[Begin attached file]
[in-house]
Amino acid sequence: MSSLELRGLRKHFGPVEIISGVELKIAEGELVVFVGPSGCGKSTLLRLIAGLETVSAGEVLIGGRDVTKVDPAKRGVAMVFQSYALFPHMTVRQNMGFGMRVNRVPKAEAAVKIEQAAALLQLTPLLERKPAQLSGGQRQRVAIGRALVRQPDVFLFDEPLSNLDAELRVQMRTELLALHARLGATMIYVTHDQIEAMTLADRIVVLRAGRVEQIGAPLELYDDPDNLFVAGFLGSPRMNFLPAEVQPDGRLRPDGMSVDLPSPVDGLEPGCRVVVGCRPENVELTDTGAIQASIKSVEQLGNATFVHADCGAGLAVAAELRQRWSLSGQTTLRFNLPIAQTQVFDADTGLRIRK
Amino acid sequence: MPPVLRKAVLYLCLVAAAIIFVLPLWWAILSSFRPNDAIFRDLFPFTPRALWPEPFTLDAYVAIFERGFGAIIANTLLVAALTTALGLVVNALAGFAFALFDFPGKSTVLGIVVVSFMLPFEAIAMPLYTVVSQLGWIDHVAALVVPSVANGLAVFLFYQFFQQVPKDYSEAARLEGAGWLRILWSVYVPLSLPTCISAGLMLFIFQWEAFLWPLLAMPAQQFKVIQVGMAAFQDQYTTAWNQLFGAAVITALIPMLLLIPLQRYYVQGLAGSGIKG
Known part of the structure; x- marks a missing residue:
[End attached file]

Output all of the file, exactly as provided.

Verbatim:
[in-house]
Amino acid sequence: MSSLELRGLRKHFGPVEIISGVELKIAEGELVVFVGPSGCGKSTLLRLIAGLETVSAGEVLIGGRDVTKVDPAKRGVAMVFQSYALFPHMTVRQNMGFGMRVNRVPKAEAAVKIEQAAALLQLTPLLERKPAQLSGGQRQRVAIGRALVRQPDVFLFDEPLSNLDAELRVQMRTELLALHARLGATMIYVTHDQIEAMTLADRIVVLRAGRVEQIGAPLELYDDPDNLFVAGFLGSPRMNFLPAEVQPDGRLRPDGMSVDLPSPVDGLEPGCRVVVGCRPENVELTDTGAIQASIKSVEQLGNATFVHADCGAGLAVAAELRQRWSLSGQTTLRFNLPIAQTQVFDADTGLRIRK
Amino acid sequence: MPPVLRKAVLYLCLVAAAIIFVLPLWWAILSSFRPNDAIFRDLFPFTPRALWPEPFTLDAYVAIFERGFGAIIANTLLVAALTTALGLVVNALAGFAFALFDFPGKSTVLGIVVVSFMLPFEAIAMPLYTVVSQLGWIDHVAALVVPSVANGLAVFLFYQFFQQVPKDYSEAARLEGAGWLRILWSVYVPLSLPTCISAGLMLFIFQWEAFLWPLLAMPAQQFKVIQVGMAAFQDQYTTAWNQLFGAAVITALIPMLLLIPLQRYYVQGLAGSGIKG
Known part of the structure; x- marks a missing residue: